Our investigation reveals today how a concerted campaign over many years by Beijing to grab power inside the WHO appears to have fatally compromised its ability to respond to the crisis. It raises serious concerns about the extent of Beijing’s influence over the WHO and its director-general, and how this undermined the organisation’s capacity — and willingness — to take the steps necessary to avert a global pandemic. Its leadership put China’s economic interests before public health concerns. The results have been nothing short of catastrophic.

The Xi variant, indeed. Pity there isn’t a Greek letter called Pu.

One of those reviews that makes you buy the book then and there

Mark Honigsbaum reviews Viral by Alina Chan and Matt Ridley in the Guardian:

The tragedy is that in their desire to make a plausible case for a lab accident, Chan and Ridley neglect the far more urgent and compelling story of how the trade in wild animals, coupled with global heating and the destruction of natural habitats, makes the emergence of pandemic viruses increasingly likely. That is the more probable origin story and the scenario that should really concern us.

Edit: The Guardian is not allowing comments to Mr Honigsbaum’s review. But his tweet about it is open to comments and is receiving them.

—————————

Ian Birrell in the Mail on Sunday asks,

What are they hiding? At the start of Covid many scientists believed it likely leaked from Wuhan lab – until a conference call with Patrick Vallance changed their minds. We asked for his emails about the call. This is what we got . . .

Redacted letters

China’s crackdown on profit-making education

China appears to be doing its level best to harm itself in the long term. This story hasn’t so far stirred a lot of international commentary, but it matters, I think. It shows that the rising nationalism (and arguably, a degree of paranoia) in China is reaching the point where it is damaging the domestic economy.

According to one report in Forbes:

Chinese authorities have ramped up their crackdown on after-school tutoring companies by unveiling a new set of sweeping regulations that bans the firms from making profits and raising capital from overseas markets.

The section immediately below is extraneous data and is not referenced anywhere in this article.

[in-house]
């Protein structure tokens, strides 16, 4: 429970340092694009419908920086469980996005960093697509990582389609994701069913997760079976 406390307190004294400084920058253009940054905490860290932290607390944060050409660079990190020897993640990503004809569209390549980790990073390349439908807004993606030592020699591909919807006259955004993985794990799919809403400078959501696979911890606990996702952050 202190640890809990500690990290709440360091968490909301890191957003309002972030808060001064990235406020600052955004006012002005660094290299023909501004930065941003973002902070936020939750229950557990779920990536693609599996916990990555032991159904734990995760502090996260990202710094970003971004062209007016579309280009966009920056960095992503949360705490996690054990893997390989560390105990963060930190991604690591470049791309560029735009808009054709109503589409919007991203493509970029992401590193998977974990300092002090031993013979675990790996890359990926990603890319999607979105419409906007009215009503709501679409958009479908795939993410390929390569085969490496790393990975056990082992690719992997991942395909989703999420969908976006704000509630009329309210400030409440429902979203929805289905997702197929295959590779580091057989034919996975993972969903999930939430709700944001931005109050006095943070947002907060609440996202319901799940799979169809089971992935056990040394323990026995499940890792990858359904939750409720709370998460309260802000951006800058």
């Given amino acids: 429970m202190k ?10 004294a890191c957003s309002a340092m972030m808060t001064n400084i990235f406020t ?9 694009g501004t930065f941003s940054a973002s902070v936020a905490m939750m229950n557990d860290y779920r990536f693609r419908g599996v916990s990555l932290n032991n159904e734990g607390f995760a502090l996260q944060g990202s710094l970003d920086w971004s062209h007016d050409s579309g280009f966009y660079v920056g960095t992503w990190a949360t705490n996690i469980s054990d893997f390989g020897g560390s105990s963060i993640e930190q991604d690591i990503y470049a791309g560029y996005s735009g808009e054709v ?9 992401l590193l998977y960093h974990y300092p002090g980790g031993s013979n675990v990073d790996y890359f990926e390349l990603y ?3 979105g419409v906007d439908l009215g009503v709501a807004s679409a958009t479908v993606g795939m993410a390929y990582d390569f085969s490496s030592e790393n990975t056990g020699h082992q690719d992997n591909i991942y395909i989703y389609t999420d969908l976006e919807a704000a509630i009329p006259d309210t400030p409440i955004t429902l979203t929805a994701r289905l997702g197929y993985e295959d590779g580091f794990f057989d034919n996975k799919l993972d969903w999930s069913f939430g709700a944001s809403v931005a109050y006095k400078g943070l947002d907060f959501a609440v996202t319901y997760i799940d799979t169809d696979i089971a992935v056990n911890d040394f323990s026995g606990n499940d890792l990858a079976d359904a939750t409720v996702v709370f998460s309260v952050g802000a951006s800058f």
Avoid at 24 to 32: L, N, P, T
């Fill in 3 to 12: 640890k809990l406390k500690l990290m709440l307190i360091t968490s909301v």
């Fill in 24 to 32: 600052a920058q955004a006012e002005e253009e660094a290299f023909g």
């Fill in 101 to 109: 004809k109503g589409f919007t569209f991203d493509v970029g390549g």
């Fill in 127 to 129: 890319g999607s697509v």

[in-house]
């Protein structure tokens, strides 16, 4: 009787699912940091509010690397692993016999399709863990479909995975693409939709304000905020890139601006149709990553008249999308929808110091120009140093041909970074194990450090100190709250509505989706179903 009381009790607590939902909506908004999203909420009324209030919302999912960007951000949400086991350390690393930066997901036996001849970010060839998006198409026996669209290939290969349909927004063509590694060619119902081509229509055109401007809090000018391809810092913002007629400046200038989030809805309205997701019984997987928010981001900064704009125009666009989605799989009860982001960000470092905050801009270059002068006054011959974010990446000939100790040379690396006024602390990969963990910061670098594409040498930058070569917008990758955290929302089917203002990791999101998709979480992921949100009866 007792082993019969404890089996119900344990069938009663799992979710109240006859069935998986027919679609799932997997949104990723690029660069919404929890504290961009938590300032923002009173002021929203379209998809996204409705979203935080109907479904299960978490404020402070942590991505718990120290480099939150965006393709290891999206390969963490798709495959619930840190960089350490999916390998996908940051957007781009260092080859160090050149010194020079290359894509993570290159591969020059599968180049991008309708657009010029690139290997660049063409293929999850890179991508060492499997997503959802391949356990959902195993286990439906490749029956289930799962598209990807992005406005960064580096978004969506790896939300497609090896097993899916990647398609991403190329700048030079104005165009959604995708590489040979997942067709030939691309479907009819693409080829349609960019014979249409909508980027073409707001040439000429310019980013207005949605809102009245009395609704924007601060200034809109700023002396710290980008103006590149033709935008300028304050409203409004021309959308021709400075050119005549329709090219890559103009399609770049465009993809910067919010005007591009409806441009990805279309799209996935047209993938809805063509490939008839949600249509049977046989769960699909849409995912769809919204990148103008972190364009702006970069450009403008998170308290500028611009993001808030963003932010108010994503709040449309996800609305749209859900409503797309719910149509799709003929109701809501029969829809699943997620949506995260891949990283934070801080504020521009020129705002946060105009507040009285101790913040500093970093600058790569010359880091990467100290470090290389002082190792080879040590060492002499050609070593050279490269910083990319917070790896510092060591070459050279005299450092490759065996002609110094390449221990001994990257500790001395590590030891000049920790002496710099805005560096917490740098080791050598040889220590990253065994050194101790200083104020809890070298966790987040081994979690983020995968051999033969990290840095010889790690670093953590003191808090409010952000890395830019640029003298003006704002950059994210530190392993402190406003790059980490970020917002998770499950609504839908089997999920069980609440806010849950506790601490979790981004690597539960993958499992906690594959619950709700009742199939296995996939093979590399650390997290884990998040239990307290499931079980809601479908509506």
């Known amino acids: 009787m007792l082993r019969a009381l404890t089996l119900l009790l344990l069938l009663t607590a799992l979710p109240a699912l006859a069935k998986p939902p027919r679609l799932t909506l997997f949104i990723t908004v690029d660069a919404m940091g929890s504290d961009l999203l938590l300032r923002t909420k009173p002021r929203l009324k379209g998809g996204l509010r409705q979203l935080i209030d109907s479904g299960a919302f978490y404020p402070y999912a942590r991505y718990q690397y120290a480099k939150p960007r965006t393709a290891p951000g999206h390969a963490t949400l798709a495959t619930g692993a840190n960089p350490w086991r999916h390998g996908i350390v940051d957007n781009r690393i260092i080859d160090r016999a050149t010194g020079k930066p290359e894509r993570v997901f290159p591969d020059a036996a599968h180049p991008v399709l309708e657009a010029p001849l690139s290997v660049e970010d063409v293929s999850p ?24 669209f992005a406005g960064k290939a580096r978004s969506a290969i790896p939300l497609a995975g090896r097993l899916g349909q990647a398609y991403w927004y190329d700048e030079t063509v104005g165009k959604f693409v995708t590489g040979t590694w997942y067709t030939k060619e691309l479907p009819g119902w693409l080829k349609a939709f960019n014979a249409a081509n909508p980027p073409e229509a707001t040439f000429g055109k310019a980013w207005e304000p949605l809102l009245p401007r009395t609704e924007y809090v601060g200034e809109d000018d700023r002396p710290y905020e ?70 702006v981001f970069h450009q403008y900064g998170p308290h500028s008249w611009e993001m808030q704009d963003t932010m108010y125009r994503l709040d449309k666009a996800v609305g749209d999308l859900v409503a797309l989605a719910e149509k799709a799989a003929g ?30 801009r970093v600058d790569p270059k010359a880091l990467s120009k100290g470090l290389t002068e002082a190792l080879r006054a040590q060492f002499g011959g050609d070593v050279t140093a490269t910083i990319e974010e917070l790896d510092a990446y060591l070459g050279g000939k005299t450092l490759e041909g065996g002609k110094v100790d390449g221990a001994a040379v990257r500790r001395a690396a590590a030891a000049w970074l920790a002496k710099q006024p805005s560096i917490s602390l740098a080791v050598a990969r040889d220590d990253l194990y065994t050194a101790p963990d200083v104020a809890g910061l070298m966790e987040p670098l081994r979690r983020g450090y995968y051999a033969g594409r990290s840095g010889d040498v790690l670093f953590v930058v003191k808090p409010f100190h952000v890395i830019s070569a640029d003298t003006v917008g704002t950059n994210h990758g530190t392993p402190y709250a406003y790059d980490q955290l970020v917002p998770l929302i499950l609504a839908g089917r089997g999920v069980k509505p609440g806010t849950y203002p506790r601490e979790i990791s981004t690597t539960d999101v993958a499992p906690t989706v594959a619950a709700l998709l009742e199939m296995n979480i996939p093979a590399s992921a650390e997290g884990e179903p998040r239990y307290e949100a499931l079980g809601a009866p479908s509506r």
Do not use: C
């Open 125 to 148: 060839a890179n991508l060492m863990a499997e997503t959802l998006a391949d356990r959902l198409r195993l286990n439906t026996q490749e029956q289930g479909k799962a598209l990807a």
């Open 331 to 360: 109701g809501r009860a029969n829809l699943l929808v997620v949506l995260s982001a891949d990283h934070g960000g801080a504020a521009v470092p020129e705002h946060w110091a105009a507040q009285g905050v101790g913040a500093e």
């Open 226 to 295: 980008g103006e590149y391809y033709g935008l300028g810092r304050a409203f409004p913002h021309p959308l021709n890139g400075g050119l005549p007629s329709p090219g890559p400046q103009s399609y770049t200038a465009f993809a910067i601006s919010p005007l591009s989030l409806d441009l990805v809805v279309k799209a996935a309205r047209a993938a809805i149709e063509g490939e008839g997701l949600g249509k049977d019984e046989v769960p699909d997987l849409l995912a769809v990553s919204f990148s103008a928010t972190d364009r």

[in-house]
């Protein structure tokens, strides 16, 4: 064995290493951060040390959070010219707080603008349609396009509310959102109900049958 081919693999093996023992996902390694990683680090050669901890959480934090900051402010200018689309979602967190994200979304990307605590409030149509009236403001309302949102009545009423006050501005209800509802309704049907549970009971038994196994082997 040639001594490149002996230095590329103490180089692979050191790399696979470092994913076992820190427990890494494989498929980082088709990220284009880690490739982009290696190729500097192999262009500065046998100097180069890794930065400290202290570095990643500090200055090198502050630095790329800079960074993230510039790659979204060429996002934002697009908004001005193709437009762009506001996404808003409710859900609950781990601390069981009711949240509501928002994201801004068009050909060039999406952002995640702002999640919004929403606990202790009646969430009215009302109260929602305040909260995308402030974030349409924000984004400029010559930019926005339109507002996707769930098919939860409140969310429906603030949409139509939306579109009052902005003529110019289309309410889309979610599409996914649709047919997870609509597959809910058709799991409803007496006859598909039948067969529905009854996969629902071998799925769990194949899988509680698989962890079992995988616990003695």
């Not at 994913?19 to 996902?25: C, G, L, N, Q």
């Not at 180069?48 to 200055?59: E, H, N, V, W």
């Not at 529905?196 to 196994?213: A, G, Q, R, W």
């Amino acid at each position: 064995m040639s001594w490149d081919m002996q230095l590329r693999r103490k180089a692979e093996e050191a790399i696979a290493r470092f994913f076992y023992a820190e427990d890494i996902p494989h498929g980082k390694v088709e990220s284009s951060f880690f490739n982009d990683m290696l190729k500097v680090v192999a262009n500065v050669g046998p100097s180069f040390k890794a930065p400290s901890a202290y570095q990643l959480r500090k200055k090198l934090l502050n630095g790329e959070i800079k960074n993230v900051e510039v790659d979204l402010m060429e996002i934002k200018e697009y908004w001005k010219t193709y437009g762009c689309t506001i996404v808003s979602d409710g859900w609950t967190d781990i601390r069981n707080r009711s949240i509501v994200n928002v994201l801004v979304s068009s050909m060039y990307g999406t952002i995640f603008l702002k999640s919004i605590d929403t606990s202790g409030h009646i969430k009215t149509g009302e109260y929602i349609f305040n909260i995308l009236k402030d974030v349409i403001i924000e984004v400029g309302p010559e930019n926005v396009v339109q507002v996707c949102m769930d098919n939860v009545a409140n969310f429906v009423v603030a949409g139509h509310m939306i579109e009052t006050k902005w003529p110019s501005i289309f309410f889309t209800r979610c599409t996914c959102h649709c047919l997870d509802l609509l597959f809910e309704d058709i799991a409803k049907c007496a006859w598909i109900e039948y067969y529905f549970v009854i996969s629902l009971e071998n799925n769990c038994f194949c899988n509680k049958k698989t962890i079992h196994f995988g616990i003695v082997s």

Tutoring companies that teach school subjects are now required to register as non-profits. They are also banned from raising capital from overseas investors or through public listings.

What’s more, authorities will stop approving new tutoring companies seeking to teach China’s school syllabus, and require existing ones to undergo regulatory reviews and apply for licenses. The companies found to be in violation will be rectified or eradicated, according to the rules, without further elaboration.

The moves by Chinese authorities have hammered shares of firms operating in the space.

One story I read in the Wall Street Journal said that China, while hitting private sector education, is at the same time trying to make it easier for young couples to have more kids, reversing decades of its odious “one child” policy.

Why does this matter? Because the ever-shifting moves of Chinese authorities on certain sectors must make it hard for entrepreneurs in that country to plan ahead. One moment a chap like Alibaba’s Jack Ma is a sort of business “rock star”, and the next, he’s “disappeared”. In my job in the financial services industry, I have heard a lot of comments over the years on how vibrant, dynamic and coherent Chinese policymaking is, so much better than all that messy Western “neoliberalism”.

Well, it turns out that things in China aren’t quite what they are cracked up to be.